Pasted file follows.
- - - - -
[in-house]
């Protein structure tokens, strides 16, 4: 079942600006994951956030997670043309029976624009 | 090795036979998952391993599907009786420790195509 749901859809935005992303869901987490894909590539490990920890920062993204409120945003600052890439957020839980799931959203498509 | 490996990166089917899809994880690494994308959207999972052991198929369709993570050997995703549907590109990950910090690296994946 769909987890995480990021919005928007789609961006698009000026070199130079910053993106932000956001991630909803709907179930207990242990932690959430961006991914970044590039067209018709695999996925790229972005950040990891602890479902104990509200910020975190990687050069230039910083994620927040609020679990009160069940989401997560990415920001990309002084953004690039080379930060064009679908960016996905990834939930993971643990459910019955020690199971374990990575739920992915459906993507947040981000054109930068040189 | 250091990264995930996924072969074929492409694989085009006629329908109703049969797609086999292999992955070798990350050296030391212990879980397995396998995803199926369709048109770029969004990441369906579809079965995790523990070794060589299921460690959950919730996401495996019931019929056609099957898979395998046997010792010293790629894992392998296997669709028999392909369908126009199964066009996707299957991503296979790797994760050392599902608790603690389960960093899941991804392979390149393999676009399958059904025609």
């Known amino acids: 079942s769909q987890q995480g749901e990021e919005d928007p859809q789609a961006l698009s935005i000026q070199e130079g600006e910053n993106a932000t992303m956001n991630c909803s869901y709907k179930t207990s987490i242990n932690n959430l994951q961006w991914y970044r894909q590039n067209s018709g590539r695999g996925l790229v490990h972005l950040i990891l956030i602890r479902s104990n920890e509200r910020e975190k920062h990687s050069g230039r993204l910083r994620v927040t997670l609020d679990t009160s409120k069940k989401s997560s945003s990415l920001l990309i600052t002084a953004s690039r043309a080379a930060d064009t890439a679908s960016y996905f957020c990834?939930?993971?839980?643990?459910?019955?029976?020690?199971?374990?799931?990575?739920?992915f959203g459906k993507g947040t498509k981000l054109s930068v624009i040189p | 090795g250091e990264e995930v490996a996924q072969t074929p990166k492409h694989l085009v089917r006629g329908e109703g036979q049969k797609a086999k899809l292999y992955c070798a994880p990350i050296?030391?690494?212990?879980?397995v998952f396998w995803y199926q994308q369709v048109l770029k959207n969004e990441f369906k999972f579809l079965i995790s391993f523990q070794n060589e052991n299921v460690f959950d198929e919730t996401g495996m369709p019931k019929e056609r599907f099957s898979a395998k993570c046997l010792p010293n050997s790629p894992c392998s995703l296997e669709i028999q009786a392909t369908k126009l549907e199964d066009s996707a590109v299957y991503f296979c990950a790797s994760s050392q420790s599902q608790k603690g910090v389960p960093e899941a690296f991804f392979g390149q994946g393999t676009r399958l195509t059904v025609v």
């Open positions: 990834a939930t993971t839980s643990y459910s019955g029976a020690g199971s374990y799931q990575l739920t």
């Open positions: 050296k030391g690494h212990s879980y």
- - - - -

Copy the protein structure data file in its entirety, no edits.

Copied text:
[in-house]
């Protein structure tokens, strides 16, 4: 079942600006994951956030997670043309029976624009 | 090795036979998952391993599907009786420790195509 749901859809935005992303869901987490894909590539490990920890920062993204409120945003600052890439957020839980799931959203498509 | 490996990166089917899809994880690494994308959207999972052991198929369709993570050997995703549907590109990950910090690296994946 769909987890995480990021919005928007789609961006698009000026070199130079910053993106932000956001991630909803709907179930207990242990932690959430961006991914970044590039067209018709695999996925790229972005950040990891602890479902104990509200910020975190990687050069230039910083994620927040609020679990009160069940989401997560990415920001990309002084953004690039080379930060064009679908960016996905990834939930993971643990459910019955020690199971374990990575739920992915459906993507947040981000054109930068040189 | 250091990264995930996924072969074929492409694989085009006629329908109703049969797609086999292999992955070798990350050296030391212990879980397995396998995803199926369709048109770029969004990441369906579809079965995790523990070794060589299921460690959950919730996401495996019931019929056609099957898979395998046997010792010293790629894992392998296997669709028999392909369908126009199964066009996707299957991503296979790797994760050392599902608790603690389960960093899941991804392979390149393999676009399958059904025609």
């Known amino acids: 079942s769909q987890q995480g749901e990021e919005d928007p859809q789609a961006l698009s935005i000026q070199e130079g600006e910053n993106a932000t992303m956001n991630c909803s869901y709907k179930t207990s987490i242990n932690n959430l994951q961006w991914y970044r894909q590039n067209s018709g590539r695999g996925l790229v490990h972005l950040i990891l956030i602890r479902s104990n920890e509200r910020e975190k920062h990687s050069g230039r993204l910083r994620v927040t997670l609020d679990t009160s409120k069940k989401s997560s945003s990415l920001l990309i600052t002084a953004s690039r043309a080379a930060d064009t890439a679908s960016y996905f957020c990834?939930?993971?839980?643990?459910?019955?029976?020690?199971?374990?799931?990575?739920?992915f959203g459906k993507g947040t498509k981000l054109s930068v624009i040189p | 090795g250091e990264e995930v490996a996924q072969t074929p990166k492409h694989l085009v089917r006629g329908e109703g036979q049969k797609a086999k899809l292999y992955c070798a994880p990350i050296?030391?690494?212990?879980?397995v998952f396998w995803y199926q994308q369709v048109l770029k959207n969004e990441f369906k999972f579809l079965i995790s391993f523990q070794n060589e052991n299921v460690f959950d198929e919730t996401g495996m369709p019931k019929e056609r599907f099957s898979a395998k993570c046997l010792p010293n050997s790629p894992c392998s995703l296997e669709i028999q009786a392909t369908k126009l549907e199964d066009s996707a590109v299957y991503f296979c990950a790797s994760s050392q420790s599902q608790k603690g910090v389960p960093e899941a690296f991804f392979g390149q994946g393999t676009r399958l195509t059904v025609v």
């Open positions: 990834a939930t993971t839980s643990y459910s019955g029976a020690g199971s374990y799931q990575l739920t």
């Open positions: 050296k030391g690494h212990s879980y």